What might compel someone to dance a little? A good beat, certainly. An uplifting melody delivered by an enthusiastic vocalist helps, too. But it’s human enthusiasm that really gets the club burning. We dance when we’re happy. We dance to celebrate and commemorate. Most of all, we dance when we feel the insatiable need to feel liberated and let our hair down.
Jason Walker is a practiced hand at generating all of those feelings. On his records, the propulsive rhythms are always in place — five number one Billboard singles testify to that. As a vocalist, he’s simultaneously playful and authoritative; he’s a dancefloor commander of the best kind, regularly exhorting his fans to move it but never taking himself too seriously. His real secret, though, is his exuberance. His music is a pure expression of the overflow of enthusiasm in his heart. He’s determined to elevate and liberate his listeners, and his track record of success speaks for itself. You don’t even need to see all the shattered chains and broken shackles in his wake. All you need is to press play and get moving.
“Dance A Little,” his latest single, has all the sonic characteristics we’ve come to expect from a Jason Walker recording. Produced, Co-written with chart-topper Georgie Porgie, it’s a marvelous club burner with big bass, delirious synthesizer riffs, and a beat that never sits still. It feels simultaneously current and classic! Walker himself is a huge presence on the track, encouraging his fans to lose themselves in the communal experience of the club. Just like everybody else on the planet, he’s had enough of sitting still. He’s ready to party — even if he has to do it by himself with his headphones on.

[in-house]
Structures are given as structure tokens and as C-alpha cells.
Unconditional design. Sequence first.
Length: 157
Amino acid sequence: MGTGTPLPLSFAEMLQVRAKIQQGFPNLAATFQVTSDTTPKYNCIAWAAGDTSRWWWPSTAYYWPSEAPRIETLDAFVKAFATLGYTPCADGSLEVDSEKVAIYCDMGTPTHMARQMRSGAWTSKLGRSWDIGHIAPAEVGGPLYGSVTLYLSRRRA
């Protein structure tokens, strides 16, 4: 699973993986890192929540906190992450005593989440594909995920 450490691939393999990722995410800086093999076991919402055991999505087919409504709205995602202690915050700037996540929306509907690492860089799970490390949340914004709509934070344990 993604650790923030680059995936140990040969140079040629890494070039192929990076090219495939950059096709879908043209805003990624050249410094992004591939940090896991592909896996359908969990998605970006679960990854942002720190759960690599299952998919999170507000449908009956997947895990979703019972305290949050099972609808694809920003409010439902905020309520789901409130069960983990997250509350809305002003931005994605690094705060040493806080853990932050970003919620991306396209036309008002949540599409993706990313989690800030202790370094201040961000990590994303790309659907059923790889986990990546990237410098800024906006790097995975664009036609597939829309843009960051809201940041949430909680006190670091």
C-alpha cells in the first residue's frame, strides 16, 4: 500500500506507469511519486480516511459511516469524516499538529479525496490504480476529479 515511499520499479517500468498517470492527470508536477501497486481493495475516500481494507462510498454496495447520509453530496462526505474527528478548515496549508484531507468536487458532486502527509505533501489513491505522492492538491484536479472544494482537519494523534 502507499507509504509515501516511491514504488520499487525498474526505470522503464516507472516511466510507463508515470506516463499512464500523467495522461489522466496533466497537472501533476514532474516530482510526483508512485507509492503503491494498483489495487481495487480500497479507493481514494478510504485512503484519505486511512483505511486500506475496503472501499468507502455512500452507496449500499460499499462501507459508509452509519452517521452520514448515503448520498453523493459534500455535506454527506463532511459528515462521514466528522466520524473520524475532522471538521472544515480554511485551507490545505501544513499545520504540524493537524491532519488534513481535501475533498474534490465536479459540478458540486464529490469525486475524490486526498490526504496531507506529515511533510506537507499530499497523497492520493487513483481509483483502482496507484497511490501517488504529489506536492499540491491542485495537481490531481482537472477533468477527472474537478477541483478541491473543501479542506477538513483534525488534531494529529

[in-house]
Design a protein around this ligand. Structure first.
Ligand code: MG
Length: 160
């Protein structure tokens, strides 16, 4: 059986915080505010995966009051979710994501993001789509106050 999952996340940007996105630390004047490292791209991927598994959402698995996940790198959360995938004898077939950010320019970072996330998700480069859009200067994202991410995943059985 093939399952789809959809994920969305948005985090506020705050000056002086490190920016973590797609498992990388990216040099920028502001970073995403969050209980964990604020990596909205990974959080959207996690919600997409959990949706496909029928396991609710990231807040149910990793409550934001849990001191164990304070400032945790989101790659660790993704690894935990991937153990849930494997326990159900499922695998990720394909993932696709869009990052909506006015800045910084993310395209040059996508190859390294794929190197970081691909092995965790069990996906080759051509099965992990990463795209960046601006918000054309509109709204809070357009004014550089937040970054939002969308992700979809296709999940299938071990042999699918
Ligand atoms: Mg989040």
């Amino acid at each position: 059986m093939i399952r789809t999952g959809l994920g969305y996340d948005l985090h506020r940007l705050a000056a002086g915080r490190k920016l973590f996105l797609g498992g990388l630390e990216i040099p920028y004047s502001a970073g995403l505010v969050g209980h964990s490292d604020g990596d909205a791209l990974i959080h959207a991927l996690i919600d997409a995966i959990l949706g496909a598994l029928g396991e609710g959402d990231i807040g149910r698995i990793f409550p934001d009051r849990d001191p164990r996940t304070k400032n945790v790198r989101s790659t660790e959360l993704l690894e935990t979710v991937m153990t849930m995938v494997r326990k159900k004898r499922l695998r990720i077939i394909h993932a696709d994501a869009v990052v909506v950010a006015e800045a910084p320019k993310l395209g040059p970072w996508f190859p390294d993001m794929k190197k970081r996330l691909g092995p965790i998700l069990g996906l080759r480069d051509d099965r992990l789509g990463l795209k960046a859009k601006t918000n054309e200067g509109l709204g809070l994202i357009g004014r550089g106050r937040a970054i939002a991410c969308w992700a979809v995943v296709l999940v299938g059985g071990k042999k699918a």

In Karl Giant’s uproarious clip for “Dance A Little,” Walker is perpetually centered: he’s right in the middle of the shot, wearing hot pink clothing and cosmetics, some of which glows under the blacklight. Often it feels like the frame isn’t big enough for him, and he’s going to break right through the four walls of the screen. He’s a combination of Mad Hatter and Pied Piper, immensely endearing, effortlessly alluring, and perhaps a little insane. But it’s a good kind of crazy: the kind that every party needs to succeed. His concentration never flags, and his energy never does, either.
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